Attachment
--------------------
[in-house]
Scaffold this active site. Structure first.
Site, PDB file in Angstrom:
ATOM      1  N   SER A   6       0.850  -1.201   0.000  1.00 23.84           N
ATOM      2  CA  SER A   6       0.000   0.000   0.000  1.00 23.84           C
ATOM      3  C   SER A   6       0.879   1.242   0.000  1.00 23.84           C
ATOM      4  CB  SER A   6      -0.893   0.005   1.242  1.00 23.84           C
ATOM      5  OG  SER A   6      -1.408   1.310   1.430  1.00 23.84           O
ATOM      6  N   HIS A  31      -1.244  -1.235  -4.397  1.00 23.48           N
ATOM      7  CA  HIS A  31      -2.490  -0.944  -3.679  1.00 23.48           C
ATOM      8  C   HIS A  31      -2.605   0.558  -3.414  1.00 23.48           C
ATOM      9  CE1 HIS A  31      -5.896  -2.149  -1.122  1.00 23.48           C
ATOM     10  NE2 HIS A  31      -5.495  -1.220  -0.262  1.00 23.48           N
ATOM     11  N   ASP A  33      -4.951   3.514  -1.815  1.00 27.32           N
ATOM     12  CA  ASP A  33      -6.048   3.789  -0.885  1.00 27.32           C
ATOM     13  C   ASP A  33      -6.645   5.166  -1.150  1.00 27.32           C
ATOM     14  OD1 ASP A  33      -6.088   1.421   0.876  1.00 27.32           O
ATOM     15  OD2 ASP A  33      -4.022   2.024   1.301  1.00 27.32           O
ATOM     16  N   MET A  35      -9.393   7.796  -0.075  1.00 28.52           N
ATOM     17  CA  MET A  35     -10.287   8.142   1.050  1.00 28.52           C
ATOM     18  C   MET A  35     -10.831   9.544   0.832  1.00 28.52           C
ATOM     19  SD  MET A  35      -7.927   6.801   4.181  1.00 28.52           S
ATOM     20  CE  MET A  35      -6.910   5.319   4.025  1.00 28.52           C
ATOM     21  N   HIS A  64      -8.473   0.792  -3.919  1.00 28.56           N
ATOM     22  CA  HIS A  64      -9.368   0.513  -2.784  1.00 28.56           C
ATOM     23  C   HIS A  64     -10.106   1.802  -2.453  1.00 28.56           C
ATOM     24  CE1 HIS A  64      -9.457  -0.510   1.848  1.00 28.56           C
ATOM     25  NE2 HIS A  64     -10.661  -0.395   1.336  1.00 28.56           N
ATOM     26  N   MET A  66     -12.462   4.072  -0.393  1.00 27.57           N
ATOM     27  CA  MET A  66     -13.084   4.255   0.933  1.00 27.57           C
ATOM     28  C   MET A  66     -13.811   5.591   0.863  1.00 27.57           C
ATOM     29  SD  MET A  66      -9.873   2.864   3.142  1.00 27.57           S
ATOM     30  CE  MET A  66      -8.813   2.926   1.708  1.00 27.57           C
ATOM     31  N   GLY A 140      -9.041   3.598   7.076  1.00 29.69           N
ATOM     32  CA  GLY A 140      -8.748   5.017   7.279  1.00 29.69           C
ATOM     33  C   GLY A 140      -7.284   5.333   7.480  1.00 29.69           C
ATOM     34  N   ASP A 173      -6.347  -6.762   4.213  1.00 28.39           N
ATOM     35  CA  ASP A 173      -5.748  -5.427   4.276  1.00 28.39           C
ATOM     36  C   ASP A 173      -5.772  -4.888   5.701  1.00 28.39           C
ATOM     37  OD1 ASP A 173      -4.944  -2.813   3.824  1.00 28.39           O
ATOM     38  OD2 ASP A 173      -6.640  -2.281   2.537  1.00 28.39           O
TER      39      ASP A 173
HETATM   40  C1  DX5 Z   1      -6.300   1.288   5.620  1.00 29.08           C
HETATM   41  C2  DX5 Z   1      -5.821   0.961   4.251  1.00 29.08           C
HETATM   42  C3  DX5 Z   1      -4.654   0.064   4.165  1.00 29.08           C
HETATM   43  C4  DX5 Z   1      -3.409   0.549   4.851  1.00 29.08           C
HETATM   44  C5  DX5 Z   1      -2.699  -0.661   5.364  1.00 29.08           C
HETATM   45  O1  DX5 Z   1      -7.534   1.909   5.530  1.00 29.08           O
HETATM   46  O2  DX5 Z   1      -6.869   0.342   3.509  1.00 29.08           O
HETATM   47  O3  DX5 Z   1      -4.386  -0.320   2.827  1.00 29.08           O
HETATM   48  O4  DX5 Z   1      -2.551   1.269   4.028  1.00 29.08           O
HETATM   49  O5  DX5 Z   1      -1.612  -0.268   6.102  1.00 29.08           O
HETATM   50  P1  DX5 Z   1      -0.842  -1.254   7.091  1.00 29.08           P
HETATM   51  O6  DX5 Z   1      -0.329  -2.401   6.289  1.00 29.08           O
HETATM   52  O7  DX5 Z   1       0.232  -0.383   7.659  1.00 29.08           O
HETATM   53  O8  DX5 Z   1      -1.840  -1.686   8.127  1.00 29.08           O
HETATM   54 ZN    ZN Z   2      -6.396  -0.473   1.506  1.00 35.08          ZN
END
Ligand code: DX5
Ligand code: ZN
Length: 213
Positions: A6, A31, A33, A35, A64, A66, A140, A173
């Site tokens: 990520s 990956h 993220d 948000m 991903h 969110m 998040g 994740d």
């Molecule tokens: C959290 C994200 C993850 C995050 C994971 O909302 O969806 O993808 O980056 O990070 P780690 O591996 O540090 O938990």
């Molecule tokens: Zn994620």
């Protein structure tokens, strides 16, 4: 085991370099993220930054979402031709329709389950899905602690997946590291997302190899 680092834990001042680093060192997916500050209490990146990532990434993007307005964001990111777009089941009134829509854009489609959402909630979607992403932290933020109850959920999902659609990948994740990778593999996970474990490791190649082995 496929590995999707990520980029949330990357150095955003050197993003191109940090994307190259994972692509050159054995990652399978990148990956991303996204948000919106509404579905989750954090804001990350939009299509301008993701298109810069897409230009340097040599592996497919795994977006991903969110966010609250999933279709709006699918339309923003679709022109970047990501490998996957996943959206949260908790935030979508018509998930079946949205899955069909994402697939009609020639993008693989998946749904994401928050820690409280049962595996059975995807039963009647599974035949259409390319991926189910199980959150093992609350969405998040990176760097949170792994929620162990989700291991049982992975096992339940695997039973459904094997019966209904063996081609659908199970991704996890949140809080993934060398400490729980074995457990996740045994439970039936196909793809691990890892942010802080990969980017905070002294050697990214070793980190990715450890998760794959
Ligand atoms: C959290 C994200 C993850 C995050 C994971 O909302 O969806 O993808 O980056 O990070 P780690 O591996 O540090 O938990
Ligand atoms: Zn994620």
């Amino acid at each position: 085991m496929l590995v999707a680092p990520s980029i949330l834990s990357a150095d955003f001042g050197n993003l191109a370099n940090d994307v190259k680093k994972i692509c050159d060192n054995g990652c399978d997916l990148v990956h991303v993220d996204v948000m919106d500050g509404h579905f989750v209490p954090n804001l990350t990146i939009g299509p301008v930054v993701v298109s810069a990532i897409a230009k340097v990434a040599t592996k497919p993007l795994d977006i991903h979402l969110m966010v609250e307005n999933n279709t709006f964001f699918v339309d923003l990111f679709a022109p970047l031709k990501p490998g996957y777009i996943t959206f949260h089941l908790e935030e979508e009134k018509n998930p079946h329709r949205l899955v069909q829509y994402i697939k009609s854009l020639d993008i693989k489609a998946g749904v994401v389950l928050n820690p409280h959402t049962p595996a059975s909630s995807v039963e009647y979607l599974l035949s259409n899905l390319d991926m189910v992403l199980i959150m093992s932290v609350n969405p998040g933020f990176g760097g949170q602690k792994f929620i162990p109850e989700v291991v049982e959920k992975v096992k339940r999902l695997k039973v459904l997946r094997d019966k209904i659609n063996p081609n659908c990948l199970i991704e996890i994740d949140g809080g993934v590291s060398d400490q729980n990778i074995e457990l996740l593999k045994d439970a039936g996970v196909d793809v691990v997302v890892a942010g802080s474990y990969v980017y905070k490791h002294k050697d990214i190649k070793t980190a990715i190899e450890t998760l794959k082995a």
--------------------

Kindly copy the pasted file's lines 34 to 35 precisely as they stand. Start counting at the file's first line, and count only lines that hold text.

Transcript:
ATOM     31  N   GLY A 140      -9.041   3.598   7.076  1.00 29.69           N
ATOM     32  CA  GLY A 140      -8.748   5.017   7.279  1.00 29.69           C